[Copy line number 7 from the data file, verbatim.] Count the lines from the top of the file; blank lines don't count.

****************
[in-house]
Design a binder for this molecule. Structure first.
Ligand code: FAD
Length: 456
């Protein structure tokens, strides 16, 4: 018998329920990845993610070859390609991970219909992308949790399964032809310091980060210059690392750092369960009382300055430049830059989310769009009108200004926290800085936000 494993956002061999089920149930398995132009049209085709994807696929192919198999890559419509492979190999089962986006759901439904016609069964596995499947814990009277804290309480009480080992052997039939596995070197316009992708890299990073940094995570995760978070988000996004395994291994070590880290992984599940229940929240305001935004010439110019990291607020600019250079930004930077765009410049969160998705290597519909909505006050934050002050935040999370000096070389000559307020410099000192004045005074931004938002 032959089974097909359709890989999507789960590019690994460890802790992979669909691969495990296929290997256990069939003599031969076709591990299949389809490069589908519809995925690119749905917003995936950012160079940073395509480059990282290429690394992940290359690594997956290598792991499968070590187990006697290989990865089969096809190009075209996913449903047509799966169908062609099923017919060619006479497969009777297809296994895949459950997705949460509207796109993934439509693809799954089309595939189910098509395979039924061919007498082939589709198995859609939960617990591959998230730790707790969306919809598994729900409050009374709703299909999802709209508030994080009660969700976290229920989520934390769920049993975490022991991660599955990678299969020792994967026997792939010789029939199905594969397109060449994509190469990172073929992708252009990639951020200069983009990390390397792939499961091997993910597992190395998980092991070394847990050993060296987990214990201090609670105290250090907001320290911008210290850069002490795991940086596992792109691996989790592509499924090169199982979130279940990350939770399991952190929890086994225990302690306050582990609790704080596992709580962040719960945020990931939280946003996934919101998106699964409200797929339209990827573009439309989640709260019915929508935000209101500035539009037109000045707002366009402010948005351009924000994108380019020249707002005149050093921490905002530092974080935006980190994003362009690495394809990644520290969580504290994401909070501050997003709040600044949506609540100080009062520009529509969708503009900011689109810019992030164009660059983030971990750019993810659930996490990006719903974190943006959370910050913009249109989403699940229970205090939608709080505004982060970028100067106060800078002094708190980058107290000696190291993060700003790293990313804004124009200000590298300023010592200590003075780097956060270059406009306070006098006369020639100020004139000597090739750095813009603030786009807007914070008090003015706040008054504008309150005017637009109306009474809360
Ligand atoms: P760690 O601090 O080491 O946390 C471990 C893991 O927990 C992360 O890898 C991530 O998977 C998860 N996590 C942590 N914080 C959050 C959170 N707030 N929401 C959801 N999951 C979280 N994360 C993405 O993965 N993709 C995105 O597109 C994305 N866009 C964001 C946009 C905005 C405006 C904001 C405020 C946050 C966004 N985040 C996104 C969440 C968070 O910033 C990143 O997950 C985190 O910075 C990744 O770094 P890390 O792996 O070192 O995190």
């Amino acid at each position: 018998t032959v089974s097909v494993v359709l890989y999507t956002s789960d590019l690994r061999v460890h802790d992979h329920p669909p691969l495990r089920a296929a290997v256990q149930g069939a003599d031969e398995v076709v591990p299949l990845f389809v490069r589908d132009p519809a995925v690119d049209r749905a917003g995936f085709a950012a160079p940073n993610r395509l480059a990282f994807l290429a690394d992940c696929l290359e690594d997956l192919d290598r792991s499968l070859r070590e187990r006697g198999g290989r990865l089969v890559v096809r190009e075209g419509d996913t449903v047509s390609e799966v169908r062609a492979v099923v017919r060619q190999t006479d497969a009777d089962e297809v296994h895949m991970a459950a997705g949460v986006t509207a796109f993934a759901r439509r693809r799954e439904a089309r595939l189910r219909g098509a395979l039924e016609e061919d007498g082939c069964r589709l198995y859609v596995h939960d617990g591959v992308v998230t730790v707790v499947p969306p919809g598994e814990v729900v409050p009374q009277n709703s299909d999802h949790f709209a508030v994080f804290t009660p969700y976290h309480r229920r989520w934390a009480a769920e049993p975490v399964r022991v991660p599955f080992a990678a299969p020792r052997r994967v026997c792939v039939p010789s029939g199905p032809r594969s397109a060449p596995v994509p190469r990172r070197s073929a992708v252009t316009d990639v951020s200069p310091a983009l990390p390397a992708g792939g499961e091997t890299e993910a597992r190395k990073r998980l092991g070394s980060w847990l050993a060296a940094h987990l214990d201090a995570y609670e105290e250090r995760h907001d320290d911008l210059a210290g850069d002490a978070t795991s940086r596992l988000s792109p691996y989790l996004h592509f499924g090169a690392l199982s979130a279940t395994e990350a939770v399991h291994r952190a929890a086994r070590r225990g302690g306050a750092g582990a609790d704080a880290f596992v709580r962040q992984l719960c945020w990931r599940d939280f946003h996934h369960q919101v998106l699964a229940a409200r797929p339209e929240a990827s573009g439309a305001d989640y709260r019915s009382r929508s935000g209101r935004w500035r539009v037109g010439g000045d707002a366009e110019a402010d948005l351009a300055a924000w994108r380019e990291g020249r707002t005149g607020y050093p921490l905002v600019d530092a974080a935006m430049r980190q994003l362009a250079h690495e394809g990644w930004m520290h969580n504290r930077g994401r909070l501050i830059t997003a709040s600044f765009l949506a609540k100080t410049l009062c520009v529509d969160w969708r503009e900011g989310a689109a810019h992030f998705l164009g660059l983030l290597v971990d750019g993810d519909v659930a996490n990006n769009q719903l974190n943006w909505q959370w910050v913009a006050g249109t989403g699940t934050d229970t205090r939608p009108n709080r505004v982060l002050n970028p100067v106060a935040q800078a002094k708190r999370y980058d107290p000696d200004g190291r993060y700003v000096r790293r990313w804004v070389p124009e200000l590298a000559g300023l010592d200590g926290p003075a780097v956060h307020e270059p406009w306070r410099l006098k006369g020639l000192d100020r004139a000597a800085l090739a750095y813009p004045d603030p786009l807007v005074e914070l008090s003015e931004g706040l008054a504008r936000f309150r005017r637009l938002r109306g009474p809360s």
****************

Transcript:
């Amino acid at each position: 018998t032959v089974s097909v494993v359709l890989y999507t956002s789960d590019l690994r061999v460890h802790d992979h329920p669909p691969l495990r089920a296929a290997v256990q149930g069939a003599d031969e398995v076709v591990p299949l990845f389809v490069r589908d132009p519809a995925v690119d049209r749905a917003g995936f085709a950012a160079p940073n993610r395509l480059a990282f994807l290429a690394d992940c696929l290359e690594d997956l192919d290598r792991s499968l070859r070590e187990r006697g198999g290989r990865l089969v890559v096809r190009e075209g419509d996913t449903v047509s390609e799966v169908r062609a492979v099923v017919r060619q190999t006479d497969a009777d089962e297809v296994h895949m991970a459950a997705g949460v986006t509207a796109f993934a759901r439509r693809r799954e439904a089309r595939l189910r219909g098509a395979l039924e016609e061919d007498g082939c069964r589709l198995y859609v596995h939960d617990g591959v992308v998230t730790v707790v499947p969306p919809g598994e814990v729900v409050p009374q009277n709703s299909d999802h949790f709209a508030v994080f804290t009660p969700y976290h309480r229920r989520w934390a009480a769920e049993p975490v399964r022991v991660p599955f080992a990678a299969p020792r052997r994967v026997c792939v039939p010789s029939g199905p032809r594969s397109a060449p596995v994509p190469r990172r070197s073929a992708v252009t316009d990639v951020s200069p310091a983009l990390p390397a992708g792939g499961e091997t890299e993910a597992r190395k990073r998980l092991g070394s980060w847990l050993a060296a940094h987990l214990d201090a995570y609670e105290e250090r995760h907001d320290d911008l210059a210290g850069d002490a978070t795991s940086r596992l988000s792109p691996y989790l996004h592509f499924g090169a690392l199982s979130a279940t395994e990350a939770v399991h291994r952190a929890a086994r070590r225990g302690g306050a750092g582990a609790d704080a880290f596992v709580r962040q992984l719960c945020w990931r599940d939280f946003h996934h369960q919101v998106l699964a229940a409200r797929p339209e929240a990827s573009g439309a305001d989640y709260r019915s009382r929508s935000g209101r935004w500035r539009v037109g010439g000045d707002a366009e110019a402010d948005l351009a300055a924000w994108r380019e990291g020249r707002t005149g607020y050093p921490l905002v600019d530092a974080a935006m430049r980190q994003l362009a250079h690495e394809g990644w930004m520290h969580n504290r930077g994401r909070l501050i830059t997003a709040s600044f765009l949506a609540k100080t410049l009062c520009v529509d969160w969708r503009e900011g989310a689109a810019h992030f998705l164009g660059l983030l290597v971990d750019g993810d519909v659930a996490n990006n769009q719903l974190n943006w909505q959370w910050v913009a006050g249109t989403g699940t934050d229970t205090r939608p009108n709080r505004v982060l002050n970028p100067v106060a935040q800078a002094k708190r999370y980058d107290p000696d200004g190291r993060y700003v000096r790293r990313w804004v070389p124009e200000l590298a000559g300023l010592d200590g926290p003075a780097v956060h307020e270059p406009w306070r410099l006098k006369g020639l000192d100020r004139a000597a800085l090739a750095y813009p004045d603030p786009l807007v005074e914070l008090s003015e931004g706040l008054a504008r936000f309150r005017r637009l938002r109306g009474p809360s």